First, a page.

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This question is an exact duplicate of:

show that the product space $\mathbb{R}^I$, where $I$ denote $[0,1]$, has a countable dense subset.

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marked as duplicate by Martin Sleziak, Sami Ben Romdhane, Nick Peterson, J. W. Perry, Grigory M Jan 20 '14 at 18:27

This question has been asked before and already has an answer. If those answers do not fully address your question, please ask a new question.

The following link may helpful for you (see my answer):… – Paul Jun 15 '13 at 1:37
up vote 7 down vote accepted

The dense set can be written down explicitly: let $\mathcal{B}$ be a countable base for $[0,1]$ (note that we exploit the fact that we can view the (uncountable) index set as a (Hausdorff) topological space with a countable base!), e.g. all open intervals with rational endpoints. Then define

$$D = \{f: [0,1] \to \mathbb{R}: \exists n \in \mathbb{N}: \exists B_1,\ldots,B_n \in \mathcal{B}: B_i \mbox{ pairwise disjoint } \land \exists q_1,\ldots, q_n \in \mathbb{Q}: \forall i \in \{1,\ldots,n\}\, f|_{B_i} \equiv q_i \land \forall x \in [0,1] \setminus \cup_{i=1}^n B_i: f(x) = 0 \} \mbox{,}$$

which in words is just all functions from $[0,1]$ to $\mathbb{R}$ that are constant with rational values on finitely many pairwise disjoint base members, and $0$ elsewhere.

First note that this set is indeed countable: there are only countably many finite families of pairwise disjoint members from $\mathcal{B}$, and for each we must choose some $n$-tuple of rational values (of which there are also only countably many). This is a standard set-theory counting argument.

This set is also dense: for this it suffices to show that any (non-empty) basic open set $O$ of $\mathbb{R}^{[0,1]}$ intersects $D$. So take such a basic open set, which is just a set that depends on finitely many coordinates: there are finitely many points $x_1,\ldots,x_n$ and finitely many non-empty open sets $U_1,\ldots,U_n \subset \mathbb{R}$ such that

$$ O = \{ f: [0,1] \to \mathbb{R}: \forall i \in \{1,\ldots,n\}: f(x_i) \in U_i \}\mbox{.}$$

Now we find pairwise disjoint $B_i \in \mathcal{B}$ such that $X_i \in B_i$ for all $i$, by Hausdorffness and the fact that $\mathcal{B}$ is a base. We also can find rational numbers $q_i \in U_i$, as the rationals are dense in $\mathbb{R}$. Then the obvious function $f$ on $[0,1]$, that sends all of $B_i$ to $q_i$, and the rest to $0$ is by construction in $D$ and also in $O$. So this concludes the proof.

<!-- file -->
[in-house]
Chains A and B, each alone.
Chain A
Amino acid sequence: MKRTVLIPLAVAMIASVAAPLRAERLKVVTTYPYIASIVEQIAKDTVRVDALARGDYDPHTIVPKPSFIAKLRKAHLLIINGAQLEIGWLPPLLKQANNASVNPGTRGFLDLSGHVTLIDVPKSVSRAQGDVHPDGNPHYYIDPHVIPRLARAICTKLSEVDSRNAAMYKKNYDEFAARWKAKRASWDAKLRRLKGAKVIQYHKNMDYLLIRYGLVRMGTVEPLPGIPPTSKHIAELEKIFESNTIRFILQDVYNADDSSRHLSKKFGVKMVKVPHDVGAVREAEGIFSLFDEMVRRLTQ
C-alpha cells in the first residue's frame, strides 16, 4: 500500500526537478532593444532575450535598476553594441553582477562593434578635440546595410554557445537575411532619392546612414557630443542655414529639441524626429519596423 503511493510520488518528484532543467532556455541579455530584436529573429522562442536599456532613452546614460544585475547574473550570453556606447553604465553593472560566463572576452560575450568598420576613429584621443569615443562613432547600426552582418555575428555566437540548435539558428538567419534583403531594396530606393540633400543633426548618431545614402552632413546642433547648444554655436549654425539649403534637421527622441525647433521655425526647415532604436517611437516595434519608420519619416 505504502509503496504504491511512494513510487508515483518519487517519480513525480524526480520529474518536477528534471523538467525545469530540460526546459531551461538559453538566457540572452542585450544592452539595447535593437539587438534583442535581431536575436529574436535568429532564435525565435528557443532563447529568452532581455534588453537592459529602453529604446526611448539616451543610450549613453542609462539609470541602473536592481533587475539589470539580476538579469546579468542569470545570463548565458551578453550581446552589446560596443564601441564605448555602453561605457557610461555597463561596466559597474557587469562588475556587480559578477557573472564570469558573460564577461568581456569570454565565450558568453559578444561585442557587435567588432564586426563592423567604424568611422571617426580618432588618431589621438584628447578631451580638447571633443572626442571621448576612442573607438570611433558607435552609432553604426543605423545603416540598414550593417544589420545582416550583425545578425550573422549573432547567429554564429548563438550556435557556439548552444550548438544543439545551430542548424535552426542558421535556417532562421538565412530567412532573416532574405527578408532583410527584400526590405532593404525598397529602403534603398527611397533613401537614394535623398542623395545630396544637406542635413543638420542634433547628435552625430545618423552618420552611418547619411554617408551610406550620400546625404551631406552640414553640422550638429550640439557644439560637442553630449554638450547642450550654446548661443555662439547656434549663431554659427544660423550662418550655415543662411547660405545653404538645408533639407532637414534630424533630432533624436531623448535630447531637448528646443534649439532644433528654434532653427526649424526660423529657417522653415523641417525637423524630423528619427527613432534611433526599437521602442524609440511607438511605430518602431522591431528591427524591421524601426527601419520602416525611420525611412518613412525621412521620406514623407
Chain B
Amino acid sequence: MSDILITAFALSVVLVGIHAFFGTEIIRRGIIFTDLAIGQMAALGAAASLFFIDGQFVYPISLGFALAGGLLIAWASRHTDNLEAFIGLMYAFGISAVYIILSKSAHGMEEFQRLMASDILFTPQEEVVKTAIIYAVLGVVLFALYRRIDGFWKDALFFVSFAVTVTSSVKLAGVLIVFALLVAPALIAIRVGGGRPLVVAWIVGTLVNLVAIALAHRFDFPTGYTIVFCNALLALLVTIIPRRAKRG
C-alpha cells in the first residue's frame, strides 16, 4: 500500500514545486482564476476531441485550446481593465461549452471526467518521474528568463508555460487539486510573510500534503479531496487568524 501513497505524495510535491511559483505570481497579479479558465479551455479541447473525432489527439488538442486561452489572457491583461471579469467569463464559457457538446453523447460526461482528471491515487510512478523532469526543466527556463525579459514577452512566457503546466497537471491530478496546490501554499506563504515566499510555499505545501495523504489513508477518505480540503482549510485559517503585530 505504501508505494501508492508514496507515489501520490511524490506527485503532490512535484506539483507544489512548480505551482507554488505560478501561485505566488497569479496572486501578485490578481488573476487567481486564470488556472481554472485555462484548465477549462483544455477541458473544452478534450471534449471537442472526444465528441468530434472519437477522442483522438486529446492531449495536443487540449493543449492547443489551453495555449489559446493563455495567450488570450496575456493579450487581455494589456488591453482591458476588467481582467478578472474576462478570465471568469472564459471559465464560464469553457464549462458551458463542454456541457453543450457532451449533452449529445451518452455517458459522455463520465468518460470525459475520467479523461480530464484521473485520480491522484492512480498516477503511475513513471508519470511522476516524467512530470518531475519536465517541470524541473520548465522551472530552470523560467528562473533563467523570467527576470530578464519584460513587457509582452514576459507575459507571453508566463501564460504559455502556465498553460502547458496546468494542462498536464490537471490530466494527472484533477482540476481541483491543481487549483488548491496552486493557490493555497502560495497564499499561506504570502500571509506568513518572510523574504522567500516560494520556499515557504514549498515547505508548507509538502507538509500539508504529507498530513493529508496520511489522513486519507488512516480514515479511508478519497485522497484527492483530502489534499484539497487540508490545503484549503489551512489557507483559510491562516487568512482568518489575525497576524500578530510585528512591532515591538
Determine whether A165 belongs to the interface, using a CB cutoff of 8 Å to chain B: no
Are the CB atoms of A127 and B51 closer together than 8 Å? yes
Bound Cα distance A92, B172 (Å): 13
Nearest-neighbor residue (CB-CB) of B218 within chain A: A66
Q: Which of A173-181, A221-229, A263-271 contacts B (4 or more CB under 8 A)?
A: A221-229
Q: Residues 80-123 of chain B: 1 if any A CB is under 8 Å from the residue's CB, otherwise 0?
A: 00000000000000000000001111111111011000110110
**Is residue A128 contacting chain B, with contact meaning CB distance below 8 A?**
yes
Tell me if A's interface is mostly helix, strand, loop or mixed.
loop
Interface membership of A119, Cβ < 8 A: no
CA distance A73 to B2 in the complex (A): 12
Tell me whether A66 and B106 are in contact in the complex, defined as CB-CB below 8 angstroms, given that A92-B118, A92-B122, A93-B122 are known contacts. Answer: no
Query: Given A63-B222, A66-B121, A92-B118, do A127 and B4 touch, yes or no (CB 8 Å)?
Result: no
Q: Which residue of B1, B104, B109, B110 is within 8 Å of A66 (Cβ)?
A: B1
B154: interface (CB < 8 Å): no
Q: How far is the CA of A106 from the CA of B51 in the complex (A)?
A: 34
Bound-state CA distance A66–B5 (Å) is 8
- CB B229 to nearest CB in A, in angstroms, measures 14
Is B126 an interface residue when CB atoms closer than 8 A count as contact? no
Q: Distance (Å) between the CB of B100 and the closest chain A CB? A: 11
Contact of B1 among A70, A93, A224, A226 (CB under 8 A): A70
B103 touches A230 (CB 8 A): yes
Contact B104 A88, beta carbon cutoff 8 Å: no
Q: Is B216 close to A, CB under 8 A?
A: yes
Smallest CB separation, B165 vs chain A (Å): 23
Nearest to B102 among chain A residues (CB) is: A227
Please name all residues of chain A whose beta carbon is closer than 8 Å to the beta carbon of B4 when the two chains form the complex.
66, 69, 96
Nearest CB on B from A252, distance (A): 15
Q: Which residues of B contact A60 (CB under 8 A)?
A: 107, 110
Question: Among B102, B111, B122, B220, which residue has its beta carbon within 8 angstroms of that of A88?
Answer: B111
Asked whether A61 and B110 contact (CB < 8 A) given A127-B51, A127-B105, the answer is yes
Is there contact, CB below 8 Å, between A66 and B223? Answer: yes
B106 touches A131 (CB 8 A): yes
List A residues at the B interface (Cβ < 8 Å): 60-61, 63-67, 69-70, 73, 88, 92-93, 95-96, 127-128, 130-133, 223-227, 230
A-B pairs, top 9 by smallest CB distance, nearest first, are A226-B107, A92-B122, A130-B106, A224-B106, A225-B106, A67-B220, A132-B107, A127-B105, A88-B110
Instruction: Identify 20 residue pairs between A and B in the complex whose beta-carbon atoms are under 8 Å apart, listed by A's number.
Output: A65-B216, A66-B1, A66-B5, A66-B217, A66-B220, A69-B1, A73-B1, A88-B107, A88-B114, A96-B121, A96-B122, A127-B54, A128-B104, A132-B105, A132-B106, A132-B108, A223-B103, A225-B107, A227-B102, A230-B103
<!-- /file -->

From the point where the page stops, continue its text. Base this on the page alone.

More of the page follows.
With this idea it is quite easy to show that the product of $\mathfrak{c} = 2^{\mathbb{N}}$ many separable spaces has a separable product: we use essentially the same proof to see that $\mathbb{N}^{[0,1]}$ is separable. Then if $X_i$ ($i \in [0,1]$, using $[0,1]$ as an indexing set for convenience) is separable, pick a countable dense subset $D_i$ and note that $D = \prod_{i \in [0,1]} D_i$ is dense in $\prod_{i \in [0,1]} X_i$ and the continuous image of $\mathbb{N}^{[0,1]}$ (use any bijection $f_i$ from $\mathbb{N}$ to $D_i$ (always continuous!) and take their product), and so separable as the continuous image of a separable space. But a dense subspace in a dense subspace is dense in the large space, so $\prod_{i \in [0,1]} X_i$ is also separable.

Generalizing even further: if we have at most $2^\kappa$ many spaces, all of which have a dense subset of size at most $\kappa$, then their product also has a dense subset with size at most $\kappa$, for an infinite cardinal $\kappa$. Again, the proof exploits the fact that we can see the index set (we can take $\{0,1\}^\kappa$ for convenience) as a Hausdorff space of weight $\kappa$ to let us choose a dense subset of functions as we did above. This fact is known as the Hewitt-Marczewksi-Pondiczery theorem.

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Hint: It is a general fact that for any separable space $X$, the product $X^{[0,1]}$ is separable. Try to show this first for $2^{[0,1]}$.

I think you could say more generally that if $X$ has a dense subset of cardinality at most $\kappa$ and $Y$ is (equinumerous with) a Hausdorff space with a basis of cardinality at most $\kappa$, then $X^Y$ with the product topology has a dense subset of cardinality at most $\kappa$.

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Would you please explain how to prove the fact in your first paragraph? thank you. – Alex Jun 15 '13 at 20:57
@Alex: I've written the second paragraph as a hint for the first one. Think about what the basic open sets look like in the product space, and what does a dense subset have to contain as a consequence. – tomasz Jun 15 '13 at 23:13

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